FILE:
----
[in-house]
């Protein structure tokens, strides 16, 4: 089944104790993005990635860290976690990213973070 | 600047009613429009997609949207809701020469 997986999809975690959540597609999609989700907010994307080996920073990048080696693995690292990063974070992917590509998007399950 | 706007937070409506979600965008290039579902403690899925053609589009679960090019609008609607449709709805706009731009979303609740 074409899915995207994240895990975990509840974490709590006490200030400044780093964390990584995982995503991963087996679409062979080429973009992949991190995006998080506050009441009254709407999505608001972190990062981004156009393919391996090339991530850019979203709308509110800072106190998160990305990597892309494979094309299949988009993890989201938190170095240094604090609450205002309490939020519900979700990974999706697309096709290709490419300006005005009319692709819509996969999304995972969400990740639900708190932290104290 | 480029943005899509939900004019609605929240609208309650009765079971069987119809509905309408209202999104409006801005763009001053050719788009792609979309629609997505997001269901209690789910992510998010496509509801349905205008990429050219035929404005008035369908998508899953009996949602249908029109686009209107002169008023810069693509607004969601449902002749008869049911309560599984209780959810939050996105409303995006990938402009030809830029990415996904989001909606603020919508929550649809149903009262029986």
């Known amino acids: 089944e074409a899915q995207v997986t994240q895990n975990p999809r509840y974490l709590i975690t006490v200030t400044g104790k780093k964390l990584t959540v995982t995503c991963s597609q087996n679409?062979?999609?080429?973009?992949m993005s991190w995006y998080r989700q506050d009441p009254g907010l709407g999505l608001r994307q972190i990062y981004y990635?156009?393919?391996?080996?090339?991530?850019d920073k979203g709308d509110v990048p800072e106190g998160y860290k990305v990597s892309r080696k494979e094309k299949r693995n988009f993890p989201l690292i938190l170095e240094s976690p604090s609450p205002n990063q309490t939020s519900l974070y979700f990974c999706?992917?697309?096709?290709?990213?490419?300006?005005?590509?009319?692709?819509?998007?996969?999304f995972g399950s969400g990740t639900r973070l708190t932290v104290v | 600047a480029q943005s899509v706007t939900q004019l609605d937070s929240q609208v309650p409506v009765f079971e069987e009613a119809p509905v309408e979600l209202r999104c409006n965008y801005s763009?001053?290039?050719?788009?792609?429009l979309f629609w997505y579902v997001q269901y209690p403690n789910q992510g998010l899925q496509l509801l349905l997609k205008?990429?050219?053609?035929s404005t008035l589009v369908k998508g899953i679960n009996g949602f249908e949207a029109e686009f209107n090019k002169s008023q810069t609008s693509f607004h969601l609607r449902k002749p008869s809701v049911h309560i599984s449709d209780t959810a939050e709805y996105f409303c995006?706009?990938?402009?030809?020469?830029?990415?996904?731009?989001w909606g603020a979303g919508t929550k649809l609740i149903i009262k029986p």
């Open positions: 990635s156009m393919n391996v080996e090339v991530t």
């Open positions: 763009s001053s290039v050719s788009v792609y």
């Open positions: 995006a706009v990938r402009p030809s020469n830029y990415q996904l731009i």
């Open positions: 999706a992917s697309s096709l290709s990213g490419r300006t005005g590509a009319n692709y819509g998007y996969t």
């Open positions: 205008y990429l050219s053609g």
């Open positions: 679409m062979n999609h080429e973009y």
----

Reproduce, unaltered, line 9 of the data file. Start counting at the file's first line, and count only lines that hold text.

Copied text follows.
């Open positions: 679409m062979n999609h080429e973009y």